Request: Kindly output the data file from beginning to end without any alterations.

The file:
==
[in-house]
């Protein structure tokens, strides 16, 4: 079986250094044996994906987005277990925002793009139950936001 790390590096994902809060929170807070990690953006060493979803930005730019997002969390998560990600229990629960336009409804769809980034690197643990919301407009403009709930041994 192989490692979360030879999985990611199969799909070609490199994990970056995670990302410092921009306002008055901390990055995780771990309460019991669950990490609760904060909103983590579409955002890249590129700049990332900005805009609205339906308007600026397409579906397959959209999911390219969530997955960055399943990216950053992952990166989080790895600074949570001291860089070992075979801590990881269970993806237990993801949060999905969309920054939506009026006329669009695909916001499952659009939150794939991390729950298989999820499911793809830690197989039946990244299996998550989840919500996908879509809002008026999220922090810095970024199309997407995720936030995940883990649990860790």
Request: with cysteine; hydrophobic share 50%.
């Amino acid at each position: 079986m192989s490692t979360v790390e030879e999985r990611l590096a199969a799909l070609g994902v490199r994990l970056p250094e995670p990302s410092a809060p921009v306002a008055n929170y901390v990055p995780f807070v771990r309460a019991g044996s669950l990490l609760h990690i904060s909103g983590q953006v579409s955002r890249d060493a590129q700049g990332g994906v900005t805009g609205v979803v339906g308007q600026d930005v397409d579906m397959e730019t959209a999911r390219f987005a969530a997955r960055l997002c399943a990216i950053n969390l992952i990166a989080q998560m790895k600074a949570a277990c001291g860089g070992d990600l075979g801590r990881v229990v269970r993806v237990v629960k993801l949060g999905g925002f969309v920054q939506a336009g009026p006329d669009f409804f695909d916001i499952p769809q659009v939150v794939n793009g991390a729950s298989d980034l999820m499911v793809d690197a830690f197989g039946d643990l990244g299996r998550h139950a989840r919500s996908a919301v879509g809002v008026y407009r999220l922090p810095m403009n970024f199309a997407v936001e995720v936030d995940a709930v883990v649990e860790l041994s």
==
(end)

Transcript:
[in-house]
């Protein structure tokens, strides 16, 4: 079986250094044996994906987005277990925002793009139950936001 790390590096994902809060929170807070990690953006060493979803930005730019997002969390998560990600229990629960336009409804769809980034690197643990919301407009403009709930041994 192989490692979360030879999985990611199969799909070609490199994990970056995670990302410092921009306002008055901390990055995780771990309460019991669950990490609760904060909103983590579409955002890249590129700049990332900005805009609205339906308007600026397409579906397959959209999911390219969530997955960055399943990216950053992952990166989080790895600074949570001291860089070992075979801590990881269970993806237990993801949060999905969309920054939506009026006329669009695909916001499952659009939150794939991390729950298989999820499911793809830690197989039946990244299996998550989840919500996908879509809002008026999220922090810095970024199309997407995720936030995940883990649990860790």
Request: with cysteine; hydrophobic share 50%.
């Amino acid at each position: 079986m192989s490692t979360v790390e030879e999985r990611l590096a199969a799909l070609g994902v490199r994990l970056p250094e995670p990302s410092a809060p921009v306002a008055n929170y901390v990055p995780f807070v771990r309460a019991g044996s669950l990490l609760h990690i904060s909103g983590q953006v579409s955002r890249d060493a590129q700049g990332g994906v900005t805009g609205v979803v339906g308007q600026d930005v397409d579906m397959e730019t959209a999911r390219f987005a969530a997955r960055l997002c399943a990216i950053n969390l992952i990166a989080q998560m790895k600074a949570a277990c001291g860089g070992d990600l075979g801590r990881v229990v269970r993806v237990v629960k993801l949060g999905g925002f969309v920054q939506a336009g009026p006329d669009f409804f695909d916001i499952p769809q659009v939150v794939n793009g991390a729950s298989d980034l999820m499911v793809d690197a830690f197989g039946d643990l990244g299996r998550h139950a989840r919500s996908a919301v879509g809002v008026y407009r999220l922090p810095m403009n970024f199309a997407v936001e995720v936030d995940a709930v883990v649990e860790l041994s």